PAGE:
The question is referring to the hexosamine pathway.
out of curiosity, how may people knew this? (dont be shy to say you did or didnt?)
My poverty education didn't ingrain this in me.
I tried to use logic to answer this question (I did not know about the hexosamine pathway). Here is my attempt--this is probably wrong somewhere.
I figured that if you want to make glucosamine, you need to combine glucose + an amine group
(A) Arginine I knew was involved in donating nitrogen, but it is in the urea cycle, so I figured this was probably not the answer but it had potential. I figured that the major way this compound removes its nitrogen is through urea, though.
(B) ATP. Since F6P already has the phosphate group, I figured ATP is probably not necessary as the compound in question already has a PO4 group.
(C) Carbamoyl phosphate. I knew this was involved in both the urea cycle and nucleoside synthesis, so this was less likely. It also is the product of a NH3 and CO2 so that means that I wouldn't expect it to donate an amine group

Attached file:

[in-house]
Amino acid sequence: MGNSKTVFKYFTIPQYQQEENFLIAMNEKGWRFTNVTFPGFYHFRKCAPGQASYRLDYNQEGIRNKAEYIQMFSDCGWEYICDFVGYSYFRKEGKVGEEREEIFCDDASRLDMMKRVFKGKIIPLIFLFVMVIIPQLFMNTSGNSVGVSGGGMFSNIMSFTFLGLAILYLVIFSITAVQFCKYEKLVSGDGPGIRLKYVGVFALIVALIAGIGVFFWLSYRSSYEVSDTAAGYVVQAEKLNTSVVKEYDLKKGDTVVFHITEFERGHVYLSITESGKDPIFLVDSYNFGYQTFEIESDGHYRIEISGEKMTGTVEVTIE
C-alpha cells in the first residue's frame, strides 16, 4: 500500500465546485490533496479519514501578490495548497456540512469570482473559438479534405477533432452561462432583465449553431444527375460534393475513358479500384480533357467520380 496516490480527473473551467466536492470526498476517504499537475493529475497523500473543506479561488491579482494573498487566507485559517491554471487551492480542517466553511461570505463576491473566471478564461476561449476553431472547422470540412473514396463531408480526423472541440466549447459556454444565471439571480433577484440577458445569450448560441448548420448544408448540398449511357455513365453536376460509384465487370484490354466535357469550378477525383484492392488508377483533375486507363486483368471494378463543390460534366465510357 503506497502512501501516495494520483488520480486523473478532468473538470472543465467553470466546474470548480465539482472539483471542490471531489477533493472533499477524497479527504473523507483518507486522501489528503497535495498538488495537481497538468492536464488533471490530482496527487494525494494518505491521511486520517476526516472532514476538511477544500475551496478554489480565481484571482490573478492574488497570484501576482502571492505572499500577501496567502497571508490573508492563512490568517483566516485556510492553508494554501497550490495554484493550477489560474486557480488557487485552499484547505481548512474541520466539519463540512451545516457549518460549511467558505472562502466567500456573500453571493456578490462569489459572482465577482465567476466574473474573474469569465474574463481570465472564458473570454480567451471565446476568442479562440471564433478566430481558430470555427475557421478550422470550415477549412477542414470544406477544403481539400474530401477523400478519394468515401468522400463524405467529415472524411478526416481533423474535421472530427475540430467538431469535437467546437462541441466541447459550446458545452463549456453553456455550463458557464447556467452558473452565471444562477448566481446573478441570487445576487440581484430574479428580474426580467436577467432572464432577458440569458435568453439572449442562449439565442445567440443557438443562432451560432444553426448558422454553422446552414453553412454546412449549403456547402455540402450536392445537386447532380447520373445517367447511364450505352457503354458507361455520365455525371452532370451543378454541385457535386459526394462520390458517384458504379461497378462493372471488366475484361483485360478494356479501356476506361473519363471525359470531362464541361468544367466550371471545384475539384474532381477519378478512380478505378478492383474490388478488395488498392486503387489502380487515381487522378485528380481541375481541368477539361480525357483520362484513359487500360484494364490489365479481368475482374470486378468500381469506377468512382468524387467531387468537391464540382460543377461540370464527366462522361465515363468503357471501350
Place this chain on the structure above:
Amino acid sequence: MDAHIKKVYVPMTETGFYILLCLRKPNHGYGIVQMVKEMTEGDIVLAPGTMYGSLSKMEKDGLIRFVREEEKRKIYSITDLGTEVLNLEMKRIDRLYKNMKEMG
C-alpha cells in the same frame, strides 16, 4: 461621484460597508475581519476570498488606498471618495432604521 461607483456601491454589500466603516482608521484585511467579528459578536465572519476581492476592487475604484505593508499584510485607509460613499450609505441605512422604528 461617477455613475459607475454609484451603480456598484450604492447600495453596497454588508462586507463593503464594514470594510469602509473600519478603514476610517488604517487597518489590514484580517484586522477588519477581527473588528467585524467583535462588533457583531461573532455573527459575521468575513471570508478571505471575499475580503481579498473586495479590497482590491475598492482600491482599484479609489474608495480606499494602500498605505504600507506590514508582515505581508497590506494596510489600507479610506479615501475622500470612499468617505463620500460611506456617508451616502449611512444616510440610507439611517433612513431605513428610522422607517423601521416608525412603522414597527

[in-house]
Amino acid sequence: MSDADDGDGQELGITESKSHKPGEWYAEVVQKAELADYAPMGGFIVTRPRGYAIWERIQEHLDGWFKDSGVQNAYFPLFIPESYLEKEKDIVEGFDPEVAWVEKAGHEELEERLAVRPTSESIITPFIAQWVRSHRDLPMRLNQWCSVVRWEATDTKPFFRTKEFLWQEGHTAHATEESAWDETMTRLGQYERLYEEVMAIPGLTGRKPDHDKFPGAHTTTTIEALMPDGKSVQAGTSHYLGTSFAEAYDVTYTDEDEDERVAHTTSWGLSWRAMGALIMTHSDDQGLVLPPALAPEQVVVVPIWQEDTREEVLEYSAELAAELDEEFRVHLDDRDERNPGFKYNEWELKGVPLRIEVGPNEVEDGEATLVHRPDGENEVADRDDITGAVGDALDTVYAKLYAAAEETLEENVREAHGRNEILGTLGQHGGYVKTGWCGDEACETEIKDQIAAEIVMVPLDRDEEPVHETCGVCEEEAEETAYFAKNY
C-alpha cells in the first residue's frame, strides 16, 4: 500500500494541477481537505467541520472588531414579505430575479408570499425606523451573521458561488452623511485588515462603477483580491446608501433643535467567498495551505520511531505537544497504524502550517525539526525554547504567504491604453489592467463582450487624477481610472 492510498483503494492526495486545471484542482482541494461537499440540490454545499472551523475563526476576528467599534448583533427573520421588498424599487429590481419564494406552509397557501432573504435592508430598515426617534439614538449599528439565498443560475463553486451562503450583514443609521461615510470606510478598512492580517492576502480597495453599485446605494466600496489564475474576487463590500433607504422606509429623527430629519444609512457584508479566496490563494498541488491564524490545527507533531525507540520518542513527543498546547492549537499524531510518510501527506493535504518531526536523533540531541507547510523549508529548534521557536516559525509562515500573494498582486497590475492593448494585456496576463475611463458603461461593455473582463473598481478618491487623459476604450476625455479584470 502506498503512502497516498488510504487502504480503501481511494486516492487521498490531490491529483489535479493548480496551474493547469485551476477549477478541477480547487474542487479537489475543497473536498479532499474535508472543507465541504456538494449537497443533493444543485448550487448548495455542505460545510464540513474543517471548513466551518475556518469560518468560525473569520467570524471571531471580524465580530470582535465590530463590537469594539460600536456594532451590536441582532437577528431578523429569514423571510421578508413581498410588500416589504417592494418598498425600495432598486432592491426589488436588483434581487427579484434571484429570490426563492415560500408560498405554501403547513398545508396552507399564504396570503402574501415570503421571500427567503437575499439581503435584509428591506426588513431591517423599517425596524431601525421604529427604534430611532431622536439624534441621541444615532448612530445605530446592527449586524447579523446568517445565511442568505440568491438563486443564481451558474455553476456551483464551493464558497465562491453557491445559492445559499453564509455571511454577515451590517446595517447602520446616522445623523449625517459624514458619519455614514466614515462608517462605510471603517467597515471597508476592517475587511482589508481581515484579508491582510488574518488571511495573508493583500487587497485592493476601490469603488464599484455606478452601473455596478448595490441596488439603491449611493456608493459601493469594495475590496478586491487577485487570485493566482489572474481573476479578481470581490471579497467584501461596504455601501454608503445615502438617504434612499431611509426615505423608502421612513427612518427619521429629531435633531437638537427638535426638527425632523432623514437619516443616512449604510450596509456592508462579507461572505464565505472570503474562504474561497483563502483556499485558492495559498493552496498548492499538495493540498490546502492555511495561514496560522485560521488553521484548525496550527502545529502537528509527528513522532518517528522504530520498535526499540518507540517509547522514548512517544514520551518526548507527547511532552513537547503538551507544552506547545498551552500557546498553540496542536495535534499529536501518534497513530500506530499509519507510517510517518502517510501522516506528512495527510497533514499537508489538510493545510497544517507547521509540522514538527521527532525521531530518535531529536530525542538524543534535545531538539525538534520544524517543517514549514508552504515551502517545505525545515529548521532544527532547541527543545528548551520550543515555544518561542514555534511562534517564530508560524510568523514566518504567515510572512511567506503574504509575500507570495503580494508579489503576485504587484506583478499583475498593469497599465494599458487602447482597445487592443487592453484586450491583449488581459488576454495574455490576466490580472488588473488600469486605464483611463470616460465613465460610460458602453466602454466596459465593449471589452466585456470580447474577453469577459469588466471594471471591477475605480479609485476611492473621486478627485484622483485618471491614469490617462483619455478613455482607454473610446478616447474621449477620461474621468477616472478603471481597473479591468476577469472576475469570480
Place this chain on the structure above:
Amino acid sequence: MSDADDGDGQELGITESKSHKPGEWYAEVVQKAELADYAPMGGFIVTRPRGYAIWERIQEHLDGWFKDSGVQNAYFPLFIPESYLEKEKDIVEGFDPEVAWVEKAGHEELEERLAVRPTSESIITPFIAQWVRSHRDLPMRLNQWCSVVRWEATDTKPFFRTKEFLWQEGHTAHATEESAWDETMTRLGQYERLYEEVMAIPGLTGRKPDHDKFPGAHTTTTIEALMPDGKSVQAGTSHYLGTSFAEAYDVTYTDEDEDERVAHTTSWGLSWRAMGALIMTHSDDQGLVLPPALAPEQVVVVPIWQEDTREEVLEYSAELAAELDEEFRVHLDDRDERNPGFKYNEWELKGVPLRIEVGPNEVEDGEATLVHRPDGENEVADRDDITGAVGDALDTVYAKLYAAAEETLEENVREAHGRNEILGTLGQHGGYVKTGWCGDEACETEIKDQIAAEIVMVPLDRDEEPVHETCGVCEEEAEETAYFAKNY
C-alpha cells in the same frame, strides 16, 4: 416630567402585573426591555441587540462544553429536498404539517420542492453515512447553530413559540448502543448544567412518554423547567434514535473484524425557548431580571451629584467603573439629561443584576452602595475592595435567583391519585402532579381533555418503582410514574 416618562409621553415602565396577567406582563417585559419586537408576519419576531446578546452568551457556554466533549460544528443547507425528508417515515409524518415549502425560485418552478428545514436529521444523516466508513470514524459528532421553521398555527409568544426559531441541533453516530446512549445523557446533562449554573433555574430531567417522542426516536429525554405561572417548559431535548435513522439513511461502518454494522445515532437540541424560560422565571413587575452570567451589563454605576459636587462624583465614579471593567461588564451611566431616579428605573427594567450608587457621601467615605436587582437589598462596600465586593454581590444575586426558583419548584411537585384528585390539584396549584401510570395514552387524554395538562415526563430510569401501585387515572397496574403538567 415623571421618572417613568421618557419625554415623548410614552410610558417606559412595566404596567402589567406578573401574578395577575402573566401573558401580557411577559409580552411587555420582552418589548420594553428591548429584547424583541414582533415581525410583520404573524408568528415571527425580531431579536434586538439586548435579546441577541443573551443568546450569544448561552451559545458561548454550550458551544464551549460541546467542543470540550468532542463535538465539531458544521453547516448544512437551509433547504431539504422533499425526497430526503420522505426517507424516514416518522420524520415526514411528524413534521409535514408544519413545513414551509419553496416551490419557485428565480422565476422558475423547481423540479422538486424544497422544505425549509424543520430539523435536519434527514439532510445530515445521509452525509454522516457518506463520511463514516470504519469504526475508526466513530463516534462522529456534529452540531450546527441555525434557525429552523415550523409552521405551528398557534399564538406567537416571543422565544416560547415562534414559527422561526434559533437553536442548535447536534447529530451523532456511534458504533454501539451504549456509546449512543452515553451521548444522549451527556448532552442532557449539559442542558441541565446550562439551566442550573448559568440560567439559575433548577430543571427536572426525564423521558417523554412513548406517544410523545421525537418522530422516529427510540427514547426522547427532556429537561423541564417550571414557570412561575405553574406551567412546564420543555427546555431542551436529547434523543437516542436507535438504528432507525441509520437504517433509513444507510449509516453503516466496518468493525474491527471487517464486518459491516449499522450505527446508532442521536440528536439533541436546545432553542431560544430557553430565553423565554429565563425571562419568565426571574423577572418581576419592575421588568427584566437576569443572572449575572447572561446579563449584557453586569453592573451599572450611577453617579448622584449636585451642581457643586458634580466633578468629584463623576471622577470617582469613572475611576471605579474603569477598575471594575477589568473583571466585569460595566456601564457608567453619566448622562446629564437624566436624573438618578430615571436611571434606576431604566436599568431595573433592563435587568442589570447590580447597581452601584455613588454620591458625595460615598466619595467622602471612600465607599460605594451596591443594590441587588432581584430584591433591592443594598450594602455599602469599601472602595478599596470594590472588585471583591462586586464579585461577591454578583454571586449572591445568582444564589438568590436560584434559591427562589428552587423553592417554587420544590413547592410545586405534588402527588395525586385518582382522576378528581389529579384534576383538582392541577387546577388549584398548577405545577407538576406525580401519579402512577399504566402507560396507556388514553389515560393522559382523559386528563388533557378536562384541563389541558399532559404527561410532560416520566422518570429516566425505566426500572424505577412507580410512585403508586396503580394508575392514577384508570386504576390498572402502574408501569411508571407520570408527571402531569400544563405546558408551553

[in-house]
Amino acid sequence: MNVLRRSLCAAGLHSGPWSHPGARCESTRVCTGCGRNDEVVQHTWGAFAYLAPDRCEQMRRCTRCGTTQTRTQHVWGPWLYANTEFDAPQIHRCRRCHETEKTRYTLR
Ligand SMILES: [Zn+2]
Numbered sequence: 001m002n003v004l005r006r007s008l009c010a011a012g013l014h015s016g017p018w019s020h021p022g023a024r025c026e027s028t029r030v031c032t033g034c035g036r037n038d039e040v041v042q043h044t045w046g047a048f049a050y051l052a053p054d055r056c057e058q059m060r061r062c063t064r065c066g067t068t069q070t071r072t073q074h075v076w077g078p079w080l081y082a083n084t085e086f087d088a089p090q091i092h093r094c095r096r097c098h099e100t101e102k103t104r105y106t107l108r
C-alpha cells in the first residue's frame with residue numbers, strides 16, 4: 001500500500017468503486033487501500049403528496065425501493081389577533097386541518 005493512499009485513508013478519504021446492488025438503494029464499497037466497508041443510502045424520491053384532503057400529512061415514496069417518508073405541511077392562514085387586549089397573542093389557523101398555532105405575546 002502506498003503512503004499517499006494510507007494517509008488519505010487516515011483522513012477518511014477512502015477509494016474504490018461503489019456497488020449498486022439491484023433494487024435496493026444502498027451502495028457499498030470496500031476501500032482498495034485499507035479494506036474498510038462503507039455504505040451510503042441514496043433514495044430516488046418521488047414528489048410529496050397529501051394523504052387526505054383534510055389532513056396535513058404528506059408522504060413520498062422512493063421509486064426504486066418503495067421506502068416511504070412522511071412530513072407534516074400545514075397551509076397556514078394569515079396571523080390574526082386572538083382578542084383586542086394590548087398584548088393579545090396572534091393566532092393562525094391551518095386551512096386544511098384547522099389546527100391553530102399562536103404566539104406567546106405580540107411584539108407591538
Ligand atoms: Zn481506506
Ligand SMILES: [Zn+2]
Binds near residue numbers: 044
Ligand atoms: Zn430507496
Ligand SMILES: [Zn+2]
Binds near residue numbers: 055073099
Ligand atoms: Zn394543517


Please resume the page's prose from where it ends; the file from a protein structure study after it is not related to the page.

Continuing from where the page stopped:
(D) Glutamine I figured has an amine group attached to it ready for donation. I also know that transamination reactions are common with amino acids and alpha-ketoacids (e.g. alpha ketoglutarate with alanine can get you glutamate and a pyruvate via ALT) thus it made sense that an amino acid could donate an amine group.
(E) The only thing I knew about NAG was that it was used in the urea cycle as an allosteric activator of CPS, so I didn't think that it was useful as a donator of nitrogen since its function is to help aid nitrogen excretion.
So then I was stuck between A and D, but based on transamination reactions, I picked D.
you need to add an amine (nitrogen) and most biochem processes from sugar --> amine requires glutamine
If you want to take a look for the clinical importance of the hexosamine pathway & products: https://www.sciencedirect.com/topics/neuroscience/hexosamines
Process of elimination on this one.